CCC code: 0277-786X/14/$18 • doi: 10.1117/12.2057329

Proc. of SPIE Vol. 9145 91452G-1

The work that SGH performed in this study includes the following:

Develop finite element models of Keck I and Keck II Telescopes using information provided by Keck Observatory, including shop drawings, solid models, instrument mass tables, measurement of total weight, and photos of subassemblies of the two telescopes.

Perfonn time history analyses of the tv,ro telescopes subjected to the recorded ground accelerations from the 2006 Mauna Kea earthquake and compare results to the observed damage.

Perform modal analyses of the two telescopes and compare the calculated natural frequencies to the measured frequencies obtained from the servo identification study performed by Keck Observatory.

Perform seismic response spectrum analyses of the two telescopes subjected to a survival-level earthquake.

Perform time history analyses of the two telescopes subjected to seven sets of ground acceleration time histories for survival-level earthquake.

2. FINITE ELEMENT MODEL

Finite element models of Keck J and Keck II Telescopes were developed. Each telescope finite element model includes the elevation structure, yoke, Nasmyth and Cassegrain platforms, concrete pier, and the soil underneath. Figure l shows the overall views of the fmite element models. ANSYS [I] APDL scripting language was used to develop the models. The information on the shop drawings, in solid models, and from measurements of the physical structure provided by Keck Observatory was used in developing the models.

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Figure 1. Finite Element Model of Keck I Telescope Structure

Proc. of SPIE Vol. 9145 91452G-2

There are two coordinate systems in the models: global and optical coordinate systems. The global coordinate system is a Cartesian coordinate system where the origin is located at the intersection behveen the Elevation axis and Azimuth axis, the X-axis is collinear with the Elevation axis, the Z-axis is vertical pointing up, and the Y-axis is perpendicular to both X-axis and Z-axis using the right hand rule. The optical coordinate system is also a Cartesian coordinate system where the origin is located at the intersection behveen the Elevation axis and Azimuth axis, the X-axis is collinear with the Elevation axis, the Z-axis is along the optical axis pointing to sky, and the Y-axis is perpendicular to both X-axis and Z-axis using the right hand rule.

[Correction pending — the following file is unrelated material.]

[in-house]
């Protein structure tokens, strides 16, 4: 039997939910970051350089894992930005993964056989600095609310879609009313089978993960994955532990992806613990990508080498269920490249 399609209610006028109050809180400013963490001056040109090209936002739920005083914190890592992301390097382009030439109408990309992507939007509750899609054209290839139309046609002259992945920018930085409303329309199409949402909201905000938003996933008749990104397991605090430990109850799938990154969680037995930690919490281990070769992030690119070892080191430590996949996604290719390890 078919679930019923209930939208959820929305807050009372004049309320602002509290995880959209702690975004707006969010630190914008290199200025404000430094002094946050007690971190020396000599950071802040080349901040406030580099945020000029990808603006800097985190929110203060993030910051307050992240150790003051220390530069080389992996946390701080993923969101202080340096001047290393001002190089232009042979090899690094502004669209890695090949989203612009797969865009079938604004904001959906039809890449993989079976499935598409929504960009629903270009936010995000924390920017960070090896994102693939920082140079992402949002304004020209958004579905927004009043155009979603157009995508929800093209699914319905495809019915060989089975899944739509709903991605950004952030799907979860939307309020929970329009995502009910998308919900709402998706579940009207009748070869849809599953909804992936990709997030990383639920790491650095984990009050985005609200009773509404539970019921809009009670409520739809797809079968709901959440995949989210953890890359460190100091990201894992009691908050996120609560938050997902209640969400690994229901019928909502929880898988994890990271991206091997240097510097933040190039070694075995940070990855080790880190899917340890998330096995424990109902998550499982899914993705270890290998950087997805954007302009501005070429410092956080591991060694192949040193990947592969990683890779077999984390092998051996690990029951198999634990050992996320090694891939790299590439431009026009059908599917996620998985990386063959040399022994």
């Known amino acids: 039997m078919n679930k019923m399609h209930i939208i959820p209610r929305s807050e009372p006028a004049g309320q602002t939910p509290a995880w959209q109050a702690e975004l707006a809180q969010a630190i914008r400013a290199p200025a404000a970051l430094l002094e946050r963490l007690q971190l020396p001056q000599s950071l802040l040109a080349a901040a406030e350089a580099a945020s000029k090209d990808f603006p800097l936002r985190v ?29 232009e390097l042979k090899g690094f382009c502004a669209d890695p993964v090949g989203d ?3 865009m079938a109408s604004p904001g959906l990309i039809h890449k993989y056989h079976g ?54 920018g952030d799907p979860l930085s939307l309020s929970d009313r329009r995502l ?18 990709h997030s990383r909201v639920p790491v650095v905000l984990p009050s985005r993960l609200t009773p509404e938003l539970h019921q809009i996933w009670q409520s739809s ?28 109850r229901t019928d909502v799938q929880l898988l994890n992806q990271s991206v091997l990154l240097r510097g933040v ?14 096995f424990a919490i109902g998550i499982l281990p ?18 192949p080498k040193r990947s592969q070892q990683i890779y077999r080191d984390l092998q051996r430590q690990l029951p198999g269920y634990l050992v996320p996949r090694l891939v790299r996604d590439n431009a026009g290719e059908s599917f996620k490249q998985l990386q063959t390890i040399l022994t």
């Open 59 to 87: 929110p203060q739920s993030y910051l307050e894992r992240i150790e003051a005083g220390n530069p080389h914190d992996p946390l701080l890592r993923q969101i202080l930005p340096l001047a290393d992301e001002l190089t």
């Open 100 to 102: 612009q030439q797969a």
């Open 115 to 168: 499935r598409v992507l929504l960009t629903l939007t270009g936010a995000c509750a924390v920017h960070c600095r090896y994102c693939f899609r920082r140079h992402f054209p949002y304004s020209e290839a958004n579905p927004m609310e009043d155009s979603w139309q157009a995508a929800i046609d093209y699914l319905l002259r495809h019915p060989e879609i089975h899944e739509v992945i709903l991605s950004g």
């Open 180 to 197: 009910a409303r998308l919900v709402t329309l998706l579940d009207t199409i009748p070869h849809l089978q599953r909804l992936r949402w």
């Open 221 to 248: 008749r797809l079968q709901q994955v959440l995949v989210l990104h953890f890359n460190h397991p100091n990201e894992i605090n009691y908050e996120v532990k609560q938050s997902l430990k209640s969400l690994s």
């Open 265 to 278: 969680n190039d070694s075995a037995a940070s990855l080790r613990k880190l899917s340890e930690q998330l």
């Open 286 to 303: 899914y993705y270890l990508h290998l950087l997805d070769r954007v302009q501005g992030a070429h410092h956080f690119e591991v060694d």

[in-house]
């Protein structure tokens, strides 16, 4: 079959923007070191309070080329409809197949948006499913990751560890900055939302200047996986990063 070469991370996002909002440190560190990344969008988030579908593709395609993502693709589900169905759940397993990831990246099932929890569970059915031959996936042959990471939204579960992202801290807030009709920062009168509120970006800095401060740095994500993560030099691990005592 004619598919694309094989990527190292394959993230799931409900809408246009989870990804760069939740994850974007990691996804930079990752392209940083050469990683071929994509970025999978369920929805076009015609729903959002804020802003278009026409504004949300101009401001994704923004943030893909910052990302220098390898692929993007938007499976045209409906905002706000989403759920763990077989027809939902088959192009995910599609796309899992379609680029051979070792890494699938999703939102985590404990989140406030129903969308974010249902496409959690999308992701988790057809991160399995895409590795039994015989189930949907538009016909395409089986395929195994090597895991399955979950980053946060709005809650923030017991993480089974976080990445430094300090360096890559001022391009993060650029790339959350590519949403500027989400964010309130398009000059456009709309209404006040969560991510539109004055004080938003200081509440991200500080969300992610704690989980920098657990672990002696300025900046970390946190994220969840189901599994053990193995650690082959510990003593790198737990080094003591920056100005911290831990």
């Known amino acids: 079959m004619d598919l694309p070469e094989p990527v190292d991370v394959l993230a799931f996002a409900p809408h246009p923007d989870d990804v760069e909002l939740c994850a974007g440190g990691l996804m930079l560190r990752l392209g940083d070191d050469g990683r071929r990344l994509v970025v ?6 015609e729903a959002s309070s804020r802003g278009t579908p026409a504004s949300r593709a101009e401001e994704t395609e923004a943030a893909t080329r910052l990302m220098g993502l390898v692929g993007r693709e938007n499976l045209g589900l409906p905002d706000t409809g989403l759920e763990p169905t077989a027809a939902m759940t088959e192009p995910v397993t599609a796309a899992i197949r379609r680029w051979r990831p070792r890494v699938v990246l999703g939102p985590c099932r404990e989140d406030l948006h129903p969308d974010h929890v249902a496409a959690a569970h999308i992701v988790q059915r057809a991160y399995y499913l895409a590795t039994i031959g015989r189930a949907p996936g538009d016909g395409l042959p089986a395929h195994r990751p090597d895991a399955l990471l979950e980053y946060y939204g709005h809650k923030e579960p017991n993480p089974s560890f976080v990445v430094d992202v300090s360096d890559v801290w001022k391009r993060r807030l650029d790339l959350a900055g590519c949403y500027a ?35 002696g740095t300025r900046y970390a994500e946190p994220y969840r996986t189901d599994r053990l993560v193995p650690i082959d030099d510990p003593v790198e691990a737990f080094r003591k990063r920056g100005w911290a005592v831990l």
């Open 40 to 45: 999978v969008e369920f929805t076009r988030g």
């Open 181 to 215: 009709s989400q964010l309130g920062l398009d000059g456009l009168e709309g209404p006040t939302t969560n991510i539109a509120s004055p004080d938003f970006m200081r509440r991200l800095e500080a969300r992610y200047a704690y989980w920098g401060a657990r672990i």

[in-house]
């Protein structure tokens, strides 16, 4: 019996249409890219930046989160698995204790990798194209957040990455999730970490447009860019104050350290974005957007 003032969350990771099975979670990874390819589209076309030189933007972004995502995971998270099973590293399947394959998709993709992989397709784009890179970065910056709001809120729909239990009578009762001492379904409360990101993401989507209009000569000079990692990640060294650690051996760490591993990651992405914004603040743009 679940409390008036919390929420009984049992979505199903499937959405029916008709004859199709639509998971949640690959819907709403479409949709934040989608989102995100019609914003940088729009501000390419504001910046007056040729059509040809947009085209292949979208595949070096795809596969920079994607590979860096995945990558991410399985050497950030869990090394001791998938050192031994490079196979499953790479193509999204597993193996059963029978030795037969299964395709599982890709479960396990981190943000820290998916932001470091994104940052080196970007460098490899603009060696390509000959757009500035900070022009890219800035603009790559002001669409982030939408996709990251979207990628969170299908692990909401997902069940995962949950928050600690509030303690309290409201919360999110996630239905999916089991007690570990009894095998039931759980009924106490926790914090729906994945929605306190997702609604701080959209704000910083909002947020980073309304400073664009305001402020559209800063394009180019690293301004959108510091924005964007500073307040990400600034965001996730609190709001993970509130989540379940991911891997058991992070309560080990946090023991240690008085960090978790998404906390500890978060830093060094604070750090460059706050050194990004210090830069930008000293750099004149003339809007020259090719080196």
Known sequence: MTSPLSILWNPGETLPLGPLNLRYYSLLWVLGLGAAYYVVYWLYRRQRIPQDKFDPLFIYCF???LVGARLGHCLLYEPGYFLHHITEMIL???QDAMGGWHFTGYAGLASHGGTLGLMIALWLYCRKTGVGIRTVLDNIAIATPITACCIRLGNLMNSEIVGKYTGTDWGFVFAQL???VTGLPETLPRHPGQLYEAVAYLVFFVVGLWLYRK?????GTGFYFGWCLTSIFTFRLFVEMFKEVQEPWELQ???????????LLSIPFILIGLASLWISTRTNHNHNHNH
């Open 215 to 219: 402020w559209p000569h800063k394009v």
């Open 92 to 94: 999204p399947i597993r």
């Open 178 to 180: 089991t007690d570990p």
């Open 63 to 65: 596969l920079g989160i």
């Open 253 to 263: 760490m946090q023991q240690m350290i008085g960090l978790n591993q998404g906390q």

The elevation ring, concrete pier, and the Nasmyth and Cassegrain platform grating were modeled using shell elements. Thin shell elements were used to model the Nasmyth and Cassegrain platform grating to properly distribute the mass while not overly stiffening the structure.

All the other structural members were modeled using beam elements with appropriate cross-section dimensions based on specified steel shapes on the shop drawings. The elevation axis stub was modeled with beam elements with equivalent stiffness to match the physical stub shafts which consist of cylindrical plates with radial stiffeners.

Mass elements were used to model the non-structural instruments and mirrors. Spring elements were used to model the hydrostatic pads, drives, and soil underneath the concrete pier. Table 1 lists the stiffuesses of the spring elements used in the model. The stiffuesses of the hydrostatic pads were calculated using an oil film thickness of 90 microns. The tangential stiffnesses of the drives at the sector gears were calculated using a drive stiffuess of9.5 x 1a5 and 4.2 x 105 Nm/rad about the Azimuth axis and Elevation axis, respectively, for Keck I; and a drive stiffuess of9.8 x 105 and 3.1 x 105

N-m/rad about the Azimuth axis and Elevation axis, respectively, for Keck II. The stiffuesses of the three translational and three rotational soil springs were calculated based on the soil properties given in [2] and [3], and using methods described in [4]. The concrete pier was connected to the soil springs by a series of multipoint constraints from all nodes at the base of the pier to a single node at which the soil springs are connected.

Table 1. Spring Stiffnesses used in Finite Element Model

Sorine:Tvoe Sorine: Orientation Stiffness Vertica l 2.409 x I Oy Nim

Soil Horizontal 2.000 x IOY Nim Rocking 1.327 x 1011 N-m/rad Torsion 1.885 x I 01 1 N-m/rad

Azimuth Vertical 2.65 x I o•u Nim Hydrostatic Pads Azimuth Radial 1.67 x lOYNlm

Elevation Radial 1.25 x IO'u Nim

Azimuth Tangential Keck I= 1.70 x IOK Nim Keck II = 1.75 x 108 Nim